Is this a mallard please?

Hi, these two have just appeared today along side our usual gaggle of mallards. Can anyone tell me what they are please. They are roughly the same size as the male mallards, abit stockier, with greener beaks and an obvious difference in colour. Plus the small white stripe by the eye. They appear to be mallards but I'm not sure.                                              If any one can clear this up that would be great. Thanks

 

 

  • I believe they are known as Manky Mallards in that they have cross bred with another type of duck, Someone more knowledgeable may be able to be more specific

    Sarah

    I've learned that I still have a lot to learn...

    http://www.flickr.com/photos/bramble67/

  • In reply to bramble67:

    Agree with Sarah, "Manky Mallards".  See the link below.

    www.google.co.uk/search?q=manky+mallards&hl=en&prmd=imvns&tbm=isch&tbo=u&source=univ&sa=X&ei=laaIT9ynA8GXhQfBqq2xCQ&sqi=2&ved=0CDYQsAQ&biw=906&bih=451

    Annie

    Look deep into nature, and then you will understand everything better.

    Einstein

  • In reply to appleanne:

    These are domestic Mallards (aka 'manky Mallards'). There are no other species involved in their ancestry. Selective breeding of domestic Mallards has resulted in various strains/breeds that vary in size, shape and plumage pattern.

    My blog: http://mazzaswildside.blogspot.co.uk/

    My Flickr page: https://www.flickr.com/photos/124028194@N04/

  • In reply to aiki:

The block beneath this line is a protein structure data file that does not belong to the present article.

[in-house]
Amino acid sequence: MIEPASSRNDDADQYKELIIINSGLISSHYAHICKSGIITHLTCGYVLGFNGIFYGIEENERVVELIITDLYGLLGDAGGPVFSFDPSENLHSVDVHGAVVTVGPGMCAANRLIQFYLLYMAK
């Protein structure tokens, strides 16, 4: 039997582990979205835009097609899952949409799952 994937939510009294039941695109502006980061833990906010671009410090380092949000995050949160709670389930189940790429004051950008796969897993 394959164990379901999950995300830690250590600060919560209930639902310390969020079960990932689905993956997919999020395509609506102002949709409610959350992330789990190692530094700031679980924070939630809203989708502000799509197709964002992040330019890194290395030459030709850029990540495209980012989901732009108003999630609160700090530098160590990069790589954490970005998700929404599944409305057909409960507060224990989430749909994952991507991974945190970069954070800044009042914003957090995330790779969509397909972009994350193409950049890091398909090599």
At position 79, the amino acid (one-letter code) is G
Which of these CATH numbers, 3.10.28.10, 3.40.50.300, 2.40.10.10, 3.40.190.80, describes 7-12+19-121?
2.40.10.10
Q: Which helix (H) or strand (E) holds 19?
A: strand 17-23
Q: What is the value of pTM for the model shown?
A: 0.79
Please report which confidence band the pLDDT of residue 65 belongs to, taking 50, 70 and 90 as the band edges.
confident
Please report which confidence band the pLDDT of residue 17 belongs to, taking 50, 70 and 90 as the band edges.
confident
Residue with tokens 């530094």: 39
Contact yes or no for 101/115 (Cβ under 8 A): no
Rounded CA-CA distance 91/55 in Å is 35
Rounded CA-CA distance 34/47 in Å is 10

You might like to compare yours with these two mallard hybrids I snapped the other day on the Thames.

    The first one has no white neck ring or bib at all, while the second has a less extreme version of your one with the white bib/white neck.

    No question though that they are mallard drakes - you can see the two curly tail feathers which no other species has.

    The more usual white bibbed hybrid has no white up the neck at all, and we have some of them around here too.

    Cor, luvaduck!!

    :-)

    Seriously thinking about trying harder!

  • In reply to Jackdaw:

    Whether or not Mallards like this should be referred to as "hybrids" is personal choice, though the over whelming majority of experienced birders that I know would not call them hybrids, restricting the use of that term to the offspring of two different species.

    As Aiki has said, no species other than Mallard is involved in the ancestry of the ducks pictured so far in this thread, and this is the case with almost all 'odd' Mallards that are seen. As with dogs, there are numerous different domestic breeds of Mallard, each with their own specific characteristics, but it is relatively rare for feral birds to 'fit the requirements' for a pure breed - most are cross breeds (like mongrel dogs).